Conflict of interest?

It has been interesting to see the reactions to the situation that the Trade Union Royal Commissioner, Justice Dyson Heydon has found himself in. The push for claims of conflict are most frequently driven by those that are likely to be caught by the process being conducted, be it a Royal Commission, an investigation or whatever.

If my memory serves me correctly when I was very young I remember being told that there was an expectation that a member of the Public Service could not hold any particular political allegiance as it was their duty to act in accordance with the instructions of the party of the day regardless of who it was. This is logical but clearly no longer the case.

In my experience one must balance the issue of independence with the practicalities of cost and efficiency. By way of example if there is a group of companies and each is indebted to others within the group then there exists a number of debtor/creditor relationships. Thus do you appoint a different liquidator to every company and double up on costs or do you appoint one liquidator who watches for issues of conflict and then identifies an appropriate independent solution when the need arises, thus saving significant cost and argument.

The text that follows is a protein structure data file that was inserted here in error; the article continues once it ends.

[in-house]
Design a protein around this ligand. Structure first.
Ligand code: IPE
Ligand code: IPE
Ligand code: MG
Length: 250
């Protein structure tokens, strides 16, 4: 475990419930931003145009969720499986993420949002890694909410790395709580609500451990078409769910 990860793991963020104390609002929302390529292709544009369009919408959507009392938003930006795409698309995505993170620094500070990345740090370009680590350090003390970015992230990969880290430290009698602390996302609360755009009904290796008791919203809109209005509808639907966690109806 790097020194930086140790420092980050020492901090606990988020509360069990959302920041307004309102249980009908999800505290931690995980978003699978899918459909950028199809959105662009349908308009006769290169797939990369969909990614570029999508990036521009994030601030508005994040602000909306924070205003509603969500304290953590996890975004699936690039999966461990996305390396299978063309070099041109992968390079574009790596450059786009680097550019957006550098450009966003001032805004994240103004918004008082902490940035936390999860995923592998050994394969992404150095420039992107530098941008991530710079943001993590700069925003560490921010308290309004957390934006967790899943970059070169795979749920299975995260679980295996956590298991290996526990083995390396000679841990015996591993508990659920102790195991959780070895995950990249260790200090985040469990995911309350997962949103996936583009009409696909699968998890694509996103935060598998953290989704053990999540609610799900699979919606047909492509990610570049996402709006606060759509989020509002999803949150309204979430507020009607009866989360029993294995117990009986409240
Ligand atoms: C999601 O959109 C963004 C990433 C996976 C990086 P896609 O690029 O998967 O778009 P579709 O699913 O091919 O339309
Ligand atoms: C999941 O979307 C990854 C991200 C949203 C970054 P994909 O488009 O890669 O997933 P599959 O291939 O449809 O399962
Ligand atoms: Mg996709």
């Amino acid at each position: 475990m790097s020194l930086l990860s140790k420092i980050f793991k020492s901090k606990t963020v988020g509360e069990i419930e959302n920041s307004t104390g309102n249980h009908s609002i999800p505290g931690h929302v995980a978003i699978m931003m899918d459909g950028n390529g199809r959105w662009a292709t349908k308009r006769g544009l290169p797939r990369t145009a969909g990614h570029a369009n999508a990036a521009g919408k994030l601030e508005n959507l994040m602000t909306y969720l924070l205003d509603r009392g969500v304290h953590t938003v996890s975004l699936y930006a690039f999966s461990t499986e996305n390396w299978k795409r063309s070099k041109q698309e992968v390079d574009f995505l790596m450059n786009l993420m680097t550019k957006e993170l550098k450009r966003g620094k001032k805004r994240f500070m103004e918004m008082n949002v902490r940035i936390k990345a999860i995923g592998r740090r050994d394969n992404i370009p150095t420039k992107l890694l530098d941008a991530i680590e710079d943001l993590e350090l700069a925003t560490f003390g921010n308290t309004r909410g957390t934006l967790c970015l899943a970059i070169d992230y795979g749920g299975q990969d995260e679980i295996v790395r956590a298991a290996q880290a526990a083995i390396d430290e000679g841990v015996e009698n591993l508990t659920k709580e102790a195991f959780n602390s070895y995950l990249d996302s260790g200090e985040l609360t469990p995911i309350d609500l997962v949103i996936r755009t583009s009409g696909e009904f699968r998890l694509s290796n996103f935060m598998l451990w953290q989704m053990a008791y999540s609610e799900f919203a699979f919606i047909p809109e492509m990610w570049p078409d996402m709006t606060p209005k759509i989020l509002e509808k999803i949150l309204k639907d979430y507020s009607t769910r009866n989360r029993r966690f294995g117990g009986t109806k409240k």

Clearly the latter is the preferred course of action, particularly in this day and age when costs can run into extraordinary figures.

There can be and are clear conflicts of interest. The perpetrator of an act should not be the subsequent investigator of that act should the need for one arise, but in the main the focus should be on the creation and maintenance of independent authorities. This is a point that I have oft argued in relation to insolvency practitioners who seem to have a burning desire to forcibly divide into two camps, Creditor based or debtor based. I have always fought to be independent; I will seek out the correct ground and seek to return value to all stakeholders in accordance with the law.

It is regrettable that all must be divided up into camps, and then branded accordingly, why is it that we have lost sight of acting independently. Over the years it would appear that whilst a skill lost to the many over the years, it has been resoundingly understood by our Public Service as it moves forward.